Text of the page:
SpaceX Falcon 9 rocket lit up the evening sky over Southern California last night (Dec. 22). Thus, leaving ghostly glowing trails in the sky.
So, SpaceX Falcon 9 rocket launched into space from California’s Vandenberg Air Force Base north of Los Angeles at 5:27 p.m. PST (8:27 p.m. EST/0127 GMT).
The mission from California’s central coast was Space Exploration Technologies Corp.’s 18th this year. The rocket carried 10 Iridium Next communications satellites into low-earth orbit.
“SpaceX has had a phenomenal year, and they’ve motivated and inspired a lot of people as to what is possible,” said Eric Stallmer, president of the Commercial Spaceflight Federation, an industry group for the private space sector.
However, it was the eerie views of the Falcon 9 heading to space that stole the show, leaving a ghostly glowing plume
“Nuclear alien UFO from North Korea,” SpaceX CEO Elon Musk tweeted.
“Water vapor from the aircraft engine exhaust is immediately exposed to very cold temperatures at very high altitudes. The impurities in the exhausts and the very cold temperatures are the perfect recipe for a condensation trail,” writes meteorologist and Forbes contributor Marshall Shepherd.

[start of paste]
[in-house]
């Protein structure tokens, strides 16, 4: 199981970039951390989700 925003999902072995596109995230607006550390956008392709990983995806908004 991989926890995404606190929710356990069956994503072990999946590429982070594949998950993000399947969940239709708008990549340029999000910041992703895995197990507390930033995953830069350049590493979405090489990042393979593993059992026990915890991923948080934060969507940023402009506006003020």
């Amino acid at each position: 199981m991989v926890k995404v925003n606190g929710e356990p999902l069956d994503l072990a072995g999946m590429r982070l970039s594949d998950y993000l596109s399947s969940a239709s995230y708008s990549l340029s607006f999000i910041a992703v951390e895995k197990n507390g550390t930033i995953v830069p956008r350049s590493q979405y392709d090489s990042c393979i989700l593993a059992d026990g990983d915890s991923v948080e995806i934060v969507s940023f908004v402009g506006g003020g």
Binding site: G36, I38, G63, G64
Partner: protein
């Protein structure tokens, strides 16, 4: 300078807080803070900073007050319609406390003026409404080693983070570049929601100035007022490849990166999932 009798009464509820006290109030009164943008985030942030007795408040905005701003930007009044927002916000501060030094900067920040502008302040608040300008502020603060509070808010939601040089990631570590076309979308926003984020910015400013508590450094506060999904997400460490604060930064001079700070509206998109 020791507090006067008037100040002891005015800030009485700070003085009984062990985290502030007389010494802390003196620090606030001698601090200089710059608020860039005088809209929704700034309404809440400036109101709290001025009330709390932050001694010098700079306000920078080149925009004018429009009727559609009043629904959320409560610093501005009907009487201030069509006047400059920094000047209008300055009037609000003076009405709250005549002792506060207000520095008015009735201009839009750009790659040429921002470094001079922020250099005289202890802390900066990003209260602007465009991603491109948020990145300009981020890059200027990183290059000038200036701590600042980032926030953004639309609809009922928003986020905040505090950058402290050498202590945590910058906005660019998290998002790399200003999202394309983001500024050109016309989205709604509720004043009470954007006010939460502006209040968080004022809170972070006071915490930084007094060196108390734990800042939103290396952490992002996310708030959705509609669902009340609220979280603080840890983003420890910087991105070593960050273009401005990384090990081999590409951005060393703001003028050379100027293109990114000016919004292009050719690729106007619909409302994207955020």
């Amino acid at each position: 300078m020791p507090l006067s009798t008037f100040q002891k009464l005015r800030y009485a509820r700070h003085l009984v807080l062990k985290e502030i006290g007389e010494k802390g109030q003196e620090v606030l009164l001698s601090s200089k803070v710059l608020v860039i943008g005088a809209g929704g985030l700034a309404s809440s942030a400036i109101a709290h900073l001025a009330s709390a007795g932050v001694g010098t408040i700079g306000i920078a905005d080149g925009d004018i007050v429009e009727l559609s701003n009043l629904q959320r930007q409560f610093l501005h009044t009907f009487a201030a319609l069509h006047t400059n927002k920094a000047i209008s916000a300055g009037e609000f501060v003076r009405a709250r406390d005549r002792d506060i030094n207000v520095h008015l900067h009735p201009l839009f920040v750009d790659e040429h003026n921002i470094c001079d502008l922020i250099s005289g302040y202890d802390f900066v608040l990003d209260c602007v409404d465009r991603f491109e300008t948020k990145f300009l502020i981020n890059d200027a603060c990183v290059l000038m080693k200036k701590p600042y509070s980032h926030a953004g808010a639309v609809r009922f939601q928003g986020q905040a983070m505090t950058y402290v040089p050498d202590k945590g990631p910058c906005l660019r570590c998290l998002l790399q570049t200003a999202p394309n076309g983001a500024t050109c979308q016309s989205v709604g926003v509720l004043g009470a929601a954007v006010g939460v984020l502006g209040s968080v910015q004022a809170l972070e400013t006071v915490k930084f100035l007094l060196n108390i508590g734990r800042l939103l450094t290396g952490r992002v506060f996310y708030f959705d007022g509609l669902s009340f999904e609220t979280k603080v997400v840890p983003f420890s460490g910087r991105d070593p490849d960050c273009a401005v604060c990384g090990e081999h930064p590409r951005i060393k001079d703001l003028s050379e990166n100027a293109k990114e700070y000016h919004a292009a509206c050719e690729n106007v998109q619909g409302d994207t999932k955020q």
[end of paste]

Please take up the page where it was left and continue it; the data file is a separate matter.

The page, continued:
Elon Musk promised even more spectacular views when SpaceX’s new heavy-lift rocket — the Falcon Heavy — begins launching in 2018.
“If you liked tonight’s launch, you will really like Falcon Heavy next month: 3 rocket cores & 3X thrust. 2 cores return to base doing synchronized aerobatics. 3rd lands on drone-ship,” Musk tweeted.
If you don’t know, “rocket cores” refer to the boosters at the base of the rocket.
The first Falcon Heavy test flight will launch in January from Pad 39A at NASA’s Kennedy Space Center in Cape Canaveral, Florida carrying Musk’s midnight cherry red Tesla Roadster into space.
So, 2018 is going to be an exciting year.
Thumbnail image: A view of the SpaceX Falcon 9 rocket launch from Southern California. Credit: Screenshot via Twitter/Ali Maadelat